Representatives of Newfoundland, the oldest English colony. Members of another British colony — Trinidad
This afternoon Scouts from the Dominions paraded on the lawn in front of Arrowe Hall, and were presented by the Chief Scout with totem poles carved by Mr. Don Potter. The wood for the poles was oak from Gilwell Park 1,200 years old, and the symbolical figures were admirably carved. The Scouts who received them have a memento to carry away that is essentially British, as the Chief Scout reminded them. Among other gifts that he has himself received, the Chief Scout was given yesterday by the Scouts from Malta a statuette of a knight of Malta in armour with his own arms on the shield.
This afternoon the Scouts of France gave The Pageant of Joan of Arc. The leading part was taken by Mlle. de Holhac, a French Cubmaster; and choral music was sung during the action by a choir of French Scouts and Guides. The pageant was admirably dressed, the costumes having been lent by various French historical societies, and it was one of the most impressive and successful of the spectacular entertainments that have been given. The Tricolour with the French Scout flags led the procession of players into the arena to the music of "La Marseillaise." We saw Joan first tending the sick and wounded back from fighting the English. Then, having heard the voices that declared her destiny, we saw her set out for Chinon to meet the Dauphin. We saw him crowned at Reims and the delivery of Orleans. Then came the fatal English ambuscade and the martyrdom at Rouen. The programme, printed in French, concluded with the words:—"Apotheose, 1429-1929. Jeanne d’Arc est le modèle de toutes les vertus qu’aiment les Scouts du monde entier. Et pour les Francais elle est la sainte de la patrie." ("The Ideal, 1429-1929. Joan of Arc is the model for all the virtues admired by Scouts around the world. And for the French she is the patron Saint").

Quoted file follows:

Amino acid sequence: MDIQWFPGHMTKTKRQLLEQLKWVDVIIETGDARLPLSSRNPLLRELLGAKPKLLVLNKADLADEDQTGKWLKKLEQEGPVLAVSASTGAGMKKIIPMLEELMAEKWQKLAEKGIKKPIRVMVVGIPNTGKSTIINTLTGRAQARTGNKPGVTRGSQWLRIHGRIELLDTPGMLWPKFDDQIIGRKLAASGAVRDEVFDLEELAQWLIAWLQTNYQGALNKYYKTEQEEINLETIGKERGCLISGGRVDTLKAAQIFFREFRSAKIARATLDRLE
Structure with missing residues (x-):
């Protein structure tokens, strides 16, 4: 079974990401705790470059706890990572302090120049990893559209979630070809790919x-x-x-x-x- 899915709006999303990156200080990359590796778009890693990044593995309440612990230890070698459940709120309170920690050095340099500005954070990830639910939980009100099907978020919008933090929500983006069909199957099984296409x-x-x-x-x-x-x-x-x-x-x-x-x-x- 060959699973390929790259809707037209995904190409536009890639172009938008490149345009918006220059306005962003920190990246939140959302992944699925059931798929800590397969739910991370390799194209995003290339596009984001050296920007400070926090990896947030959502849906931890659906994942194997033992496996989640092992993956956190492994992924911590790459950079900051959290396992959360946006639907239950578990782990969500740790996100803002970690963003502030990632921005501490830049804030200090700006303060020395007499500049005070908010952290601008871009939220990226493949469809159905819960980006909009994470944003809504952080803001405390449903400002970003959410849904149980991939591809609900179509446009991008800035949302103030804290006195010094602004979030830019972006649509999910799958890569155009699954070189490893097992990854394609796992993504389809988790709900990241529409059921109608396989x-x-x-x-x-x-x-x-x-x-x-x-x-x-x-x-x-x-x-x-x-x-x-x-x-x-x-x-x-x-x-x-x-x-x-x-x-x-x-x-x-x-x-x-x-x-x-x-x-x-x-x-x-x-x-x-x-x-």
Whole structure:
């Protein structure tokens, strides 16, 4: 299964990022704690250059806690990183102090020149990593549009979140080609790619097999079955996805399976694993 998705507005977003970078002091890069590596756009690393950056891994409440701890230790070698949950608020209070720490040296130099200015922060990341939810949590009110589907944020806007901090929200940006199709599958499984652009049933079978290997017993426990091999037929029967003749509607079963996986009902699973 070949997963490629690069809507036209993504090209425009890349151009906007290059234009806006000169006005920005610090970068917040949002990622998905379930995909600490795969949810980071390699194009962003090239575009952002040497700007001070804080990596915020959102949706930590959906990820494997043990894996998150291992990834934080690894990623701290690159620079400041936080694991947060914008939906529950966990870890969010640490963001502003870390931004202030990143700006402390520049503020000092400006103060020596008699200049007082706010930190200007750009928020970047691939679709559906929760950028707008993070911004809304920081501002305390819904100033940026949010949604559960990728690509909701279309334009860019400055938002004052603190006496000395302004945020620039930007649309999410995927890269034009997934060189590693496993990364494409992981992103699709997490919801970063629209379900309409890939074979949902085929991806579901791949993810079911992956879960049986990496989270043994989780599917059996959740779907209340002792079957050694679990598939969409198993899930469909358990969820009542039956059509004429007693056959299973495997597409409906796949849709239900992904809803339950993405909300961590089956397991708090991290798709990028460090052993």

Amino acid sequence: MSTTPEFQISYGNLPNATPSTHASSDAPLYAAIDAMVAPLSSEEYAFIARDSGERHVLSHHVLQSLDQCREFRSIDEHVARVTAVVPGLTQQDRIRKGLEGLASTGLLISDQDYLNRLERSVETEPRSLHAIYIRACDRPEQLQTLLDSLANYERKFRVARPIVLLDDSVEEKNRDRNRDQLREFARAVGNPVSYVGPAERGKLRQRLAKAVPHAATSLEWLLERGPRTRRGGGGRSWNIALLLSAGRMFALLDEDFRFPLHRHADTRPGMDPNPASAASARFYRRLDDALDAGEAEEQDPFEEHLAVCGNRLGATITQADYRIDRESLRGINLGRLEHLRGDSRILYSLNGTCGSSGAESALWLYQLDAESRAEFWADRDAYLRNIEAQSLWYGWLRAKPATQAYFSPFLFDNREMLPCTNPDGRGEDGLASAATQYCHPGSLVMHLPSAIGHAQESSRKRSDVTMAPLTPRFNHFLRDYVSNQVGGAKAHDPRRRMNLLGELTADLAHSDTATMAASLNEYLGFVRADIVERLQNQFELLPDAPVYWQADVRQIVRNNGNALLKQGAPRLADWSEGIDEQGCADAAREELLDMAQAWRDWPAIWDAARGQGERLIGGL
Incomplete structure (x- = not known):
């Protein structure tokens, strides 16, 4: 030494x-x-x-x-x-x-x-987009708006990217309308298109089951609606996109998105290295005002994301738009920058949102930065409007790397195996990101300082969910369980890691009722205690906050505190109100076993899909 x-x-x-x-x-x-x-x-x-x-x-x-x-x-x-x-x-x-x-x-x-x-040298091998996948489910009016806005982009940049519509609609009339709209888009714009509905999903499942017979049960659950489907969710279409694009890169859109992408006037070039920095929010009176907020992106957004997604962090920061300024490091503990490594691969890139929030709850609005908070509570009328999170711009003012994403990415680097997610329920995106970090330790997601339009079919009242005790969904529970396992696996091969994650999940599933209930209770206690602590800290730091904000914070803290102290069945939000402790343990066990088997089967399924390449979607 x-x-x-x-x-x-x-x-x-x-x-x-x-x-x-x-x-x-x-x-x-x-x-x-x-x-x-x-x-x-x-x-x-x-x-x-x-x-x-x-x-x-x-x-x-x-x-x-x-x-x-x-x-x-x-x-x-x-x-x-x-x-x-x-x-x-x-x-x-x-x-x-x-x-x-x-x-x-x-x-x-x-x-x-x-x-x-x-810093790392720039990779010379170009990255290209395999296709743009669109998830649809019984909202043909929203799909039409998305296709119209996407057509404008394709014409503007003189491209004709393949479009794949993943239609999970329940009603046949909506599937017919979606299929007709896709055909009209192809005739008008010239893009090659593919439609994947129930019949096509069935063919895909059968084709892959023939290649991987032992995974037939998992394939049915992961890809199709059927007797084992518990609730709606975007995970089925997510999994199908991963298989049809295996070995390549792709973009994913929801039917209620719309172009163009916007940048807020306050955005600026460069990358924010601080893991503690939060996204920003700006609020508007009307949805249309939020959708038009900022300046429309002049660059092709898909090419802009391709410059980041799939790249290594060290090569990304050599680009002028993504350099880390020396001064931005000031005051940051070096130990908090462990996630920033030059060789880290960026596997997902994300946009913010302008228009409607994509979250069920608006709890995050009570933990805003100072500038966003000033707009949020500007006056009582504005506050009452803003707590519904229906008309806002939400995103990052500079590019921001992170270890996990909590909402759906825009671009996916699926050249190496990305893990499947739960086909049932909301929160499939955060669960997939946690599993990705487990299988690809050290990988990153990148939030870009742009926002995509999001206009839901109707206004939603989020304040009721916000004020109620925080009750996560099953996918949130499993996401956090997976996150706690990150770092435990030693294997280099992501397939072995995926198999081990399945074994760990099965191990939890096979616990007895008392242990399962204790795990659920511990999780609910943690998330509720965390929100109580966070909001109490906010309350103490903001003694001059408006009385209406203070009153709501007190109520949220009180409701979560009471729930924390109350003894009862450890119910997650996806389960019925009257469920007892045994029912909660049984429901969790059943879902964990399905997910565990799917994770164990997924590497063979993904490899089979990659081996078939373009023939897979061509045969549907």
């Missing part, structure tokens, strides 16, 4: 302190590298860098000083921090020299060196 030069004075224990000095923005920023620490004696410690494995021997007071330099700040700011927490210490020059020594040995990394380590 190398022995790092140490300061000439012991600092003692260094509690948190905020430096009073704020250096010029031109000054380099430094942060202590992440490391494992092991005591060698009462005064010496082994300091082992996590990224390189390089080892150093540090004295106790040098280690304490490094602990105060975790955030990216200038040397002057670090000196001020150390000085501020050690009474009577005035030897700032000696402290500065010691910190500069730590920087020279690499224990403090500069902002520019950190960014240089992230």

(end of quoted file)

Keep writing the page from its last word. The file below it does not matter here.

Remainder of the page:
The pageant was produced without scenery and with very few properties, but so skillfully that the tragic episode lived, and the presentation, made in dumb show, but with colour, vivacity, and a background of song, was poignantly unfolded scene by scene.
A musical interlude in the Danish camp.
A JAPANESE EMBLEM.
As the days go by additional ornamentations appear at one camp or another. The Japanese, who like everybody else have their national flag flying above their encampment, have now added two flags in the form of carp, the fish which in Japan is the symbol of manly vigour. These flags, which are tubular, are flown head to the mast . The wind fills them out and — a lively representation of a huge swimming fish is the result. On the day of the Boys’ Festival in Japan such flags are flown above houses where there are boy children. At the south end of Kingsway there is to be seen the "Gateway of Devon " made of natural heath. Several of the Lancashire camps have gateways built out of the equipment of cotton mills, and the French have put up two maypoles in red, white, and blue. In the crippled Scouts’ handicraft exhibition there is an interesting collection of articles, of which many, exemplifying the skill and patience of the makers, are for sale.
|The novel table of the Russian contingent.|
Reprinted from The Times, London, 1929